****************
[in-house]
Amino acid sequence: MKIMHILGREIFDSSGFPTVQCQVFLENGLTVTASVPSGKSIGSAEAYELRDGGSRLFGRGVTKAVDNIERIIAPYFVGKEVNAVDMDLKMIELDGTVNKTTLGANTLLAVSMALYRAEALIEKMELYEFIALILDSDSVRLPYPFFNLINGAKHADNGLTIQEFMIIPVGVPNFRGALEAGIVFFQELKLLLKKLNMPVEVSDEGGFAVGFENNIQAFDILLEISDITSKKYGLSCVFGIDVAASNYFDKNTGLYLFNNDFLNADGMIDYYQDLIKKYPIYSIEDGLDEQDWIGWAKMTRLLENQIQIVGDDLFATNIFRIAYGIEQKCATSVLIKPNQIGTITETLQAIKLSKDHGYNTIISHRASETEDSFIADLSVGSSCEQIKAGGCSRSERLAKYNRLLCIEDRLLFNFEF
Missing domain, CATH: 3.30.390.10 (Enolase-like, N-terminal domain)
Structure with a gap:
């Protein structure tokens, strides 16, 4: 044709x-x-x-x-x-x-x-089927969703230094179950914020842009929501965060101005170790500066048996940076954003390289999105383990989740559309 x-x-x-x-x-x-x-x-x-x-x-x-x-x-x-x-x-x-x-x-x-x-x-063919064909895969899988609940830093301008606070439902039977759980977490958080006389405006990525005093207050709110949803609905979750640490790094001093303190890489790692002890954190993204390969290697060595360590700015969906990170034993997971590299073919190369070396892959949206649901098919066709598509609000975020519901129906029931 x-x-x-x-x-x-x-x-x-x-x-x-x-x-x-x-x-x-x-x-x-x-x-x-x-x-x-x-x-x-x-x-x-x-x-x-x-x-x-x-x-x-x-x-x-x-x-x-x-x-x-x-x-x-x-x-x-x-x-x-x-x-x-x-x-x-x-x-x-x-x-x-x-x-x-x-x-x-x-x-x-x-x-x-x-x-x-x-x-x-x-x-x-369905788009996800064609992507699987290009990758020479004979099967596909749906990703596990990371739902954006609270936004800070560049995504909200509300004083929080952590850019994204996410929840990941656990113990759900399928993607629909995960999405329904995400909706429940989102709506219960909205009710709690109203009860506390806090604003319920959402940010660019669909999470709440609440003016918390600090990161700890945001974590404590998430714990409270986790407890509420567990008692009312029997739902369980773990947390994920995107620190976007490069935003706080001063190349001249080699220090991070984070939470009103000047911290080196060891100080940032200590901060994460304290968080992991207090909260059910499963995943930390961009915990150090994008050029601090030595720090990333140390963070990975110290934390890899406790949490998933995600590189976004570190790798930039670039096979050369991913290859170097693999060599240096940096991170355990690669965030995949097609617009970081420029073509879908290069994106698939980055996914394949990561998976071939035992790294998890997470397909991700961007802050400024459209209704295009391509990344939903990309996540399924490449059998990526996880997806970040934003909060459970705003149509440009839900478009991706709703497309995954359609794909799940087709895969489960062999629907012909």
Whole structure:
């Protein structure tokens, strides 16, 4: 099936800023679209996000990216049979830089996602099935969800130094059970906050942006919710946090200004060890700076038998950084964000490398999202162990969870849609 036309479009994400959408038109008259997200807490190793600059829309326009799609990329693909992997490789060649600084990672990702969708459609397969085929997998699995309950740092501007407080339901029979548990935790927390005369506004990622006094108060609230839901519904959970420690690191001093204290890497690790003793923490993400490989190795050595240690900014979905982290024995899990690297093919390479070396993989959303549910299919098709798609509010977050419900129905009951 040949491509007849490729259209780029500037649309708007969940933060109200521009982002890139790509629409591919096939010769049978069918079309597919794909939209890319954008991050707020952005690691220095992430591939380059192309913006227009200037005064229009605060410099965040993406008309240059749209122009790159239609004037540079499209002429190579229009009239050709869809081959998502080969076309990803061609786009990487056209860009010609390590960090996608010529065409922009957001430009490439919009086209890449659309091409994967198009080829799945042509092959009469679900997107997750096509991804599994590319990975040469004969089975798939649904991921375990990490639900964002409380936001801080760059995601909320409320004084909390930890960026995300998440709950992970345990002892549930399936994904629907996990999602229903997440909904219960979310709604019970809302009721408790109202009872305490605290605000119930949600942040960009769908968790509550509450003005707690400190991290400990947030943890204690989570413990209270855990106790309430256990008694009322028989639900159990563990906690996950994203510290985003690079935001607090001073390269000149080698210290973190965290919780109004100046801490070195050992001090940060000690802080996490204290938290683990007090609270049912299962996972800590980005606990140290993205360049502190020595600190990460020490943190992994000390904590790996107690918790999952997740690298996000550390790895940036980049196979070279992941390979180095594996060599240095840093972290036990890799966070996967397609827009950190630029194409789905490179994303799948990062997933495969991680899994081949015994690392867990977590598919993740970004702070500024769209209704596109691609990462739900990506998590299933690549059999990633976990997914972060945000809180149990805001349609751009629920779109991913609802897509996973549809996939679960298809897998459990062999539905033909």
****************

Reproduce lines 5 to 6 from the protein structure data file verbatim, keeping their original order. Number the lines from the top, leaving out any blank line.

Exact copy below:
């Protein structure tokens, strides 16, 4: 044709x-x-x-x-x-x-x-089927969703230094179950914020842009929501965060101005170790500066048996940076954003390289999105383990989740559309 x-x-x-x-x-x-x-x-x-x-x-x-x-x-x-x-x-x-x-x-x-x-x-063919064909895969899988609940830093301008606070439902039977759980977490958080006389405006990525005093207050709110949803609905979750640490790094001093303190890489790692002890954190993204390969290697060595360590700015969906990170034993997971590299073919190369070396892959949206649901098919066709598509609000975020519901129906029931 x-x-x-x-x-x-x-x-x-x-x-x-x-x-x-x-x-x-x-x-x-x-x-x-x-x-x-x-x-x-x-x-x-x-x-x-x-x-x-x-x-x-x-x-x-x-x-x-x-x-x-x-x-x-x-x-x-x-x-x-x-x-x-x-x-x-x-x-x-x-x-x-x-x-x-x-x-x-x-x-x-x-x-x-x-x-x-x-x-x-x-x-x-369905788009996800064609992507699987290009990758020479004979099967596909749906990703596990990371739902954006609270936004800070560049995504909200509300004083929080952590850019994204996410929840990941656990113990759900399928993607629909995960999405329904995400909706429940989102709506219960909205009710709690109203009860506390806090604003319920959402940010660019669909999470709440609440003016918390600090990161700890945001974590404590998430714990409270986790407890509420567990008692009312029997739902369980773990947390994920995107620190976007490069935003706080001063190349001249080699220090991070984070939470009103000047911290080196060891100080940032200590901060994460304290968080992991207090909260059910499963995943930390961009915990150090994008050029601090030595720090990333140390963070990975110290934390890899406790949490998933995600590189976004570190790798930039670039096979050369991913290859170097693999060599240096940096991170355990690669965030995949097609617009970081420029073509879908290069994106698939980055996914394949990561998976071939035992790294998890997470397909991700961007802050400024459209209704295009391509990344939903990309996540399924490449059998990526996880997806970040934003909060459970705003149509440009839900478009991706709703497309995954359609794909799940087709895969489960062999629907012909």
Whole structure: